My partner misses his old self, pre PD


#1

Hi, 

 My partner was diagnosed in March 2013, he is 62rs old. Its classed as mild........but not to us!  We don't feel the Sinemet is helping as yet, but see the consultant in two weeks so fingers crossed he may change the meds.

My main concerns are his complete lack of socialising. He was a "larger than life character" loud and funny....he hates how he feels now and struggles with conversation so is becoming a recluse!  I cant seem to assure him all his  family and friends love and still want and enjoy enjoy his company.   He tells me he "just feels like a spare part" at any social gatherings. He wont entertain support groups or asking  for any help. Is it just early days and normal to feel like this?   He misses his old self!  

 


#2

Hello Tilley

I m sorry to hear how your partner feels but I think many people on the forum will relate to it. The wise and wonderful Turnip, a forum member who is missed for his knowledge and advice, said that it can take several years to come to terms with a dx of PD . I was diagnosed 3 years ago and am still struggling with accepting it. When I get down I try to distract myself with things I enjoy, seeing friends and having a laugh. I firmly believe that exercise is very important plus ,for me, singing. Our local Park group has a singing group which is great fun and the general meetings are a great way of making friends and talking to people in the same boat.

It isn't easy but, as I have learnt, life goes on but you have to adapt.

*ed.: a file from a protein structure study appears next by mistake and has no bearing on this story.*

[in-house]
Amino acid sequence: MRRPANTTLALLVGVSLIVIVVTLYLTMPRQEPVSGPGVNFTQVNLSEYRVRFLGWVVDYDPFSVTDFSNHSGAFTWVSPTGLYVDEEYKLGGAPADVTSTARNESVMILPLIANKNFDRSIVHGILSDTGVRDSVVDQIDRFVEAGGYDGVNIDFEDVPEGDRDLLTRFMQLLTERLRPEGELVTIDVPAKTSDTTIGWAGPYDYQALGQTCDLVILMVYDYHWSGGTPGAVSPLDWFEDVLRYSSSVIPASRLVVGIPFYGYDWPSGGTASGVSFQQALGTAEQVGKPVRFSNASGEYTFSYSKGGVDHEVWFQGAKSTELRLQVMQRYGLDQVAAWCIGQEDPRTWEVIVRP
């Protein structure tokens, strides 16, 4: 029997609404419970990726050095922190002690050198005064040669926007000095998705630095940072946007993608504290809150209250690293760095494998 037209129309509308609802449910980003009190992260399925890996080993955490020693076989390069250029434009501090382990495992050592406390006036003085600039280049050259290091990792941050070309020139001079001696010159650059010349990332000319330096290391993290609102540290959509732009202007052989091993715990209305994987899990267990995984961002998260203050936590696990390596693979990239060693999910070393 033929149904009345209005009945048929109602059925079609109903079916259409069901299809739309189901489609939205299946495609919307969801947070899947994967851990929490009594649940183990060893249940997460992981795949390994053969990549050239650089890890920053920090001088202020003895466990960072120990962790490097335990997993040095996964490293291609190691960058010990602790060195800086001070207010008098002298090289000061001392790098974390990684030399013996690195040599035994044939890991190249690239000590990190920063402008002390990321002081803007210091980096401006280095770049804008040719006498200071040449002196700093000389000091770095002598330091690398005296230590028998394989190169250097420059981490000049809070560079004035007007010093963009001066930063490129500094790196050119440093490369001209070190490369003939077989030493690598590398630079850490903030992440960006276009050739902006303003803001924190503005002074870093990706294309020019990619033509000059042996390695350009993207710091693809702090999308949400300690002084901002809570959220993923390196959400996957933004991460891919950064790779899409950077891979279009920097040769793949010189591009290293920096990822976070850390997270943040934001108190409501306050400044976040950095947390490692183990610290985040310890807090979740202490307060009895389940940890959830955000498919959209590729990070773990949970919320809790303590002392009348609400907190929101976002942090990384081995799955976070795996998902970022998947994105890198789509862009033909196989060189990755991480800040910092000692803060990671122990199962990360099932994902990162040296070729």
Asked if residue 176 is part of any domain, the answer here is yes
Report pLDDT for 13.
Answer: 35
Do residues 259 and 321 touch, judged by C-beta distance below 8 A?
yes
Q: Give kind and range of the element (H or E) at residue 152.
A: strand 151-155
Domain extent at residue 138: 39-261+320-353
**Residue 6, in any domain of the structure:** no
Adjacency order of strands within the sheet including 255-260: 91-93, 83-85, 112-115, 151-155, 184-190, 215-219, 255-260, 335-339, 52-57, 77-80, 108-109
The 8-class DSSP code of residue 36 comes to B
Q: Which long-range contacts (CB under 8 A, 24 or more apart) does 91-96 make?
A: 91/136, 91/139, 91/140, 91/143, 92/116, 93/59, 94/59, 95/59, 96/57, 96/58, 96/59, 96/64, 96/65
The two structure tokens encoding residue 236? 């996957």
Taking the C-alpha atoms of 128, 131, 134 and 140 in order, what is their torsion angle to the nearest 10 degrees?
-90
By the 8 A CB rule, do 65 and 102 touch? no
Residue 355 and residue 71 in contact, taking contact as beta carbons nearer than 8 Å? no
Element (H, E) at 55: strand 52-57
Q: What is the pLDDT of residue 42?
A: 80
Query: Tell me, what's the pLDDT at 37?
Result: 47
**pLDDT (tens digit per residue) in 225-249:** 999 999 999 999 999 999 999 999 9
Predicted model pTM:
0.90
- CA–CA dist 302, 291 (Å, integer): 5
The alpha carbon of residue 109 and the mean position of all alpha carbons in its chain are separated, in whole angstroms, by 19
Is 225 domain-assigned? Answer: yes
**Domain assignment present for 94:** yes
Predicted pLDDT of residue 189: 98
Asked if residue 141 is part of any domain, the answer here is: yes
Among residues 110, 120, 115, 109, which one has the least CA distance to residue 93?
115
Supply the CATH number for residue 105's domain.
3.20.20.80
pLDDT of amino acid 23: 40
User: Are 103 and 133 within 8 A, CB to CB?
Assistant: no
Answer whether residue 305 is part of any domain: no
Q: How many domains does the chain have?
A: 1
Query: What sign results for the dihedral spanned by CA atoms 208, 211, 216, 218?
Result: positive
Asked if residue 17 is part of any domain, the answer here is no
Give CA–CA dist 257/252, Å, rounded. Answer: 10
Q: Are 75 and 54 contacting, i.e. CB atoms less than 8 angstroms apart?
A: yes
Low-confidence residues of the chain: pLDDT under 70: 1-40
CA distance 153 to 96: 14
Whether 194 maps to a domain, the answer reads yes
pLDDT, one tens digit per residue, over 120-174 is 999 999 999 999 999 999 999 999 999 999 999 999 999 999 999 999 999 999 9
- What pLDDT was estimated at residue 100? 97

I wish you both all the best and of course you need to discuss the medication

samdog

 

 


#3

Hy Tiley I would like to reply,without being offensive ,to your partner.

Hy I've been DX 9yrs  and I'm not going to say it gets any easier,because it doesn't,but life is what you make it. You will find things that you did without thinking ,you will struggle with,and you will get frustrated when someone takes over.You will try to hide your condition,and how you feel ,make excuses so you dont have to socialise. You have lost your old self to this condition,but as they say life goes on. My advise to you is if you dont feel like it don't do it ,don't try to please other people,Your family will become very protective and you will  find out who your true friends are.  Don't lose control of your life.

i have a very dry sense of humour, which i haven't lost and I really take the P... Out of PD I'm also very stubborn so it's not in my nature to do as I'm told. So I guess it doesn't change everything.Angel4u